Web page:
Voter turnout, however, was dismal. About three in 10 registered voters cast ballots, the lowest turnout for a Philadelphia mayoral election in more than a century. Remarkably, that was a better showing than many analysts had predicted.
No matter: There were more than enough votes to put Nutter in City Hall as mayor beginning Jan. 7.
Taking the stage at a ballroom in the Radisson Plaza-Warwick Hotel in Center City shortly after 10 last night, Nutter, 50, began his remarks by calling for a moment of silence for Police Officer Chuck Cassidy, shot to death last week, and the rest of the city's homicide victims.
He paused for a long while, then proclaimed: "It's a new day. It's a new day. It's a new day. It's a new day."
At his side were his daughter, Olivia; his son, Christian; and his wife, Lisa.
Calling himself a "proud son of Philadelphia," Nutter repeatedly used words like strength, faith, hope and together.
"Together we can lower the crime rate in this great city. We can create jobs and have economic opportunity for everybody, not just a select few," he said. "Together we can clean up City Hall, and together we can clean our neighborhoods."
Near the end of his 15-minute speech, Nutter said: "I'm ready to lead with you by my side. . . . Will you stand next to me? Will you lead with me?"
Nutter also thanked Taubenberger for running a "good, clean, solid campaign."
Before making his acceptance speech, Nutter fielded congratulatory calls from Taubenberger and Gov. Rendell, but he missed former President Bill Clinton, who was forced to leave a message on Nutter's voice mail.
Hundreds of Nutter's jubilant supporters cheered his every word in the jammed ballroom, and later danced to the sounds of a nine-piece funk band.
Taubenberger's postelection party was a different scene altogether. About 150 Republicans grazed on a buffet featuring sausage and sauerkraut at the Knowlton Mansion in the Northeast, listening to recorded music and trying to get a signal on a television set with rabbit-ear antennas. There was nary a balloon or campaign sign on the scene.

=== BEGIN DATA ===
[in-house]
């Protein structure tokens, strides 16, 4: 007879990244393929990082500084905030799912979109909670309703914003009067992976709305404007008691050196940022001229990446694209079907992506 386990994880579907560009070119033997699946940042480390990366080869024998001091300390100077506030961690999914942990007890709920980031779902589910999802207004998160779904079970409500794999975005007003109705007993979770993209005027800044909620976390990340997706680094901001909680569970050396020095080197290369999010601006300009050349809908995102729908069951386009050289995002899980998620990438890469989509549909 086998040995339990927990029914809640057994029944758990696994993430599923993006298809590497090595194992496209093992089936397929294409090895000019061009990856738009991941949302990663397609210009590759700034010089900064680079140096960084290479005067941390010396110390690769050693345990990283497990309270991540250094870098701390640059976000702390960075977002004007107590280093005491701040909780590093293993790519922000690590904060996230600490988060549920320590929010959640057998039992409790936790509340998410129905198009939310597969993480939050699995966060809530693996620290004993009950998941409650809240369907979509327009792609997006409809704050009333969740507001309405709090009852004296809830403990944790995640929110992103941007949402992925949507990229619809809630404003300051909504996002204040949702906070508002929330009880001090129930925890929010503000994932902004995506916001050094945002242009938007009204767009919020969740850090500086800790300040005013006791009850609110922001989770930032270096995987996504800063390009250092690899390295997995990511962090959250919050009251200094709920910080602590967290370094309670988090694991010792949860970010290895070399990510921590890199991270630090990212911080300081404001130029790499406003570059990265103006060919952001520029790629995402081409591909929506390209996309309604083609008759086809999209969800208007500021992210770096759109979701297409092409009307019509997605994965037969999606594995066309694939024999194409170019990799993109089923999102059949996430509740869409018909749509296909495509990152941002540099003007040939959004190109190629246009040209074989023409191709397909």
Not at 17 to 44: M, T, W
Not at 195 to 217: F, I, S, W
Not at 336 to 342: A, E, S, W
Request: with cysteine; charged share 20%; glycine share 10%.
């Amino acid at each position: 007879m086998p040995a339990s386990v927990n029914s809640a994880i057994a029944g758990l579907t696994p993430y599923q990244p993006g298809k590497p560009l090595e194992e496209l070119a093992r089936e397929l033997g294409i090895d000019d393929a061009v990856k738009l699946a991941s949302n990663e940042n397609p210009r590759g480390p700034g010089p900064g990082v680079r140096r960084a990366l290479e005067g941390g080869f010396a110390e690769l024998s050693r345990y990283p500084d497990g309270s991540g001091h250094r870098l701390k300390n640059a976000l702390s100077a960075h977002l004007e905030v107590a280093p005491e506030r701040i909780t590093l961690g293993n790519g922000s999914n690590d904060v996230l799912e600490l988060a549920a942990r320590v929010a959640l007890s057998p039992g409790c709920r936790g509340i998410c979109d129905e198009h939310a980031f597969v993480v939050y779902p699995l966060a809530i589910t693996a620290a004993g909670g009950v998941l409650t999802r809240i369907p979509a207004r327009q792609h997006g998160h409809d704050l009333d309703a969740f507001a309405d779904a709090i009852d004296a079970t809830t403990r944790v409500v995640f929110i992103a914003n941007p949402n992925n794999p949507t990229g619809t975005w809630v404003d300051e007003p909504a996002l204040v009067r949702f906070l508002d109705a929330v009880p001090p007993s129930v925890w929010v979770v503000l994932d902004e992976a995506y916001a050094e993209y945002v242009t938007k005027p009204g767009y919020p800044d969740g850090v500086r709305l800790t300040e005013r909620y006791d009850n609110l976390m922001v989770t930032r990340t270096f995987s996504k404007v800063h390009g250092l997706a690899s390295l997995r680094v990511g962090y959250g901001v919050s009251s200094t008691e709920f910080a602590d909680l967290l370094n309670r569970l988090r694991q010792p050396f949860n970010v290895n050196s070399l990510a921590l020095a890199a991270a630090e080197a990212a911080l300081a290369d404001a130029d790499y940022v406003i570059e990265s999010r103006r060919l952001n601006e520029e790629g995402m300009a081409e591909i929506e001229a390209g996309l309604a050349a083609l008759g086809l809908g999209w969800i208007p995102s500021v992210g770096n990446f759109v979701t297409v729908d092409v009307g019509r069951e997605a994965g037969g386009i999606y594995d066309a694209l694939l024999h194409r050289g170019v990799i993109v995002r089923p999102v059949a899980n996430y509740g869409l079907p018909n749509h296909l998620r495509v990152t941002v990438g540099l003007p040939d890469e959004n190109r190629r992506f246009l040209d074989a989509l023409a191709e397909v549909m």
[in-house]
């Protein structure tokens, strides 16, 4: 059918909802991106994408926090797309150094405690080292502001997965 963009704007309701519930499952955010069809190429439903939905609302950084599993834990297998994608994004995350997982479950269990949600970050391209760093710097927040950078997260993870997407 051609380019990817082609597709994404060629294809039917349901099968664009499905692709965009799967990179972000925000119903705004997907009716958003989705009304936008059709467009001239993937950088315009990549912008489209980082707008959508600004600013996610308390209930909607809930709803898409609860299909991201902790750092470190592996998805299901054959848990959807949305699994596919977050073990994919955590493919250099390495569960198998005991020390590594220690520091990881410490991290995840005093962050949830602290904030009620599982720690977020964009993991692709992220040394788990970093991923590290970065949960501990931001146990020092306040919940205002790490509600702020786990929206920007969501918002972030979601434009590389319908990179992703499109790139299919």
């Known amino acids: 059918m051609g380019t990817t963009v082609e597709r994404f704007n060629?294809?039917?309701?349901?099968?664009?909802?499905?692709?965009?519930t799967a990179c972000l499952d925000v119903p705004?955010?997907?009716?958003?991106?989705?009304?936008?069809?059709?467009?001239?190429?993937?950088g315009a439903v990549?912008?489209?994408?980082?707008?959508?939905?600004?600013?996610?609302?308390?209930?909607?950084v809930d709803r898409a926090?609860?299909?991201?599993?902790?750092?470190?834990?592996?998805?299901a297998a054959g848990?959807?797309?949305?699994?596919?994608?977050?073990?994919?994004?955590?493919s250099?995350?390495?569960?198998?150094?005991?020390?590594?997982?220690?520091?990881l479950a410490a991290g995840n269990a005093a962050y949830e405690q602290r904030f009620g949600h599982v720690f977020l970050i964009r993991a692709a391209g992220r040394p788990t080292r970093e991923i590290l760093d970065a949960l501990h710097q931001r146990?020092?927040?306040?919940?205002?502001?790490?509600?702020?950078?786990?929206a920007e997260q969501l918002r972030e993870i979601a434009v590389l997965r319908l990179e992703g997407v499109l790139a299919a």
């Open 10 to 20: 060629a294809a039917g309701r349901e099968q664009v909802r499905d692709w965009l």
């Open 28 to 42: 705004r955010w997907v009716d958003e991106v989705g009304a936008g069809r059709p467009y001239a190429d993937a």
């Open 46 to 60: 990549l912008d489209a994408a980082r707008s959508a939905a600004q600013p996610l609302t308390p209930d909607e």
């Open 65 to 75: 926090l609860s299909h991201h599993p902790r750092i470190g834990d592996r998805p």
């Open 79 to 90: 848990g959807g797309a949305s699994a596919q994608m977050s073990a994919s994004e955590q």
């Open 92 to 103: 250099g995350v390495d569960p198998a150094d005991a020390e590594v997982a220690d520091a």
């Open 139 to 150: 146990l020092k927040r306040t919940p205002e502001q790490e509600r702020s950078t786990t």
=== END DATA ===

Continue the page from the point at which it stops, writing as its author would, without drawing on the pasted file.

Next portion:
Taubenberger, 53, pledged to help Nutter, but he warned that the mayor-elect had a difficult job ahead of him.
"Twenty-five percent of the budget is going to go to health care. We need increased police protection. We need better schools. And there's difficulty all around. The fact of the matter is we need more jobs," Taubenberger said.
Nutter's victory was the final act in a quirky contest with an outcome that was never in doubt.
Nutter raised $2.9 million for his campaign; Taubenberger barely cracked $20,000. Late in the contest, the Republican candidate took to calling himself the "super-underdog," while Nutter began to behave more like a mayor-elect than a candidate.
Freed from the pressure of a competitive race, the candidates ran a genteel, issues-focused campaign, featuring dozens of joint appearances and few disagreements.
That was far cry from the five-man primary campaign in which Nutter was long viewed as a afterthought to the two presumed front-runners - Chaka Fattah and Bob Brady, two of Philadelphia's congressmen.
During the primary, Nutter ran less against his opponents then he did against Mayor Street, sharply criticizing the mayor's record on job creation, ethics, and crime.
It was a tactic that caught fire with voters who were hungry for change, and Nutter's four-term record as a reformer on City Council gave him the credibility to run as the candidate who could change the political culture of City Hall.
Nutter spent the summer reaching out to his defeated foes, and by most accounts the Democratic Party stands united behind him now.
Given his margin of victory, it seems most of Philadelphia does as well.
Contact staff writer Patrick Kerkstra at 215-854-2827 or firstname.lastname@example.org.
Inquirer staff writer Joseph Gambardello contributed to this article.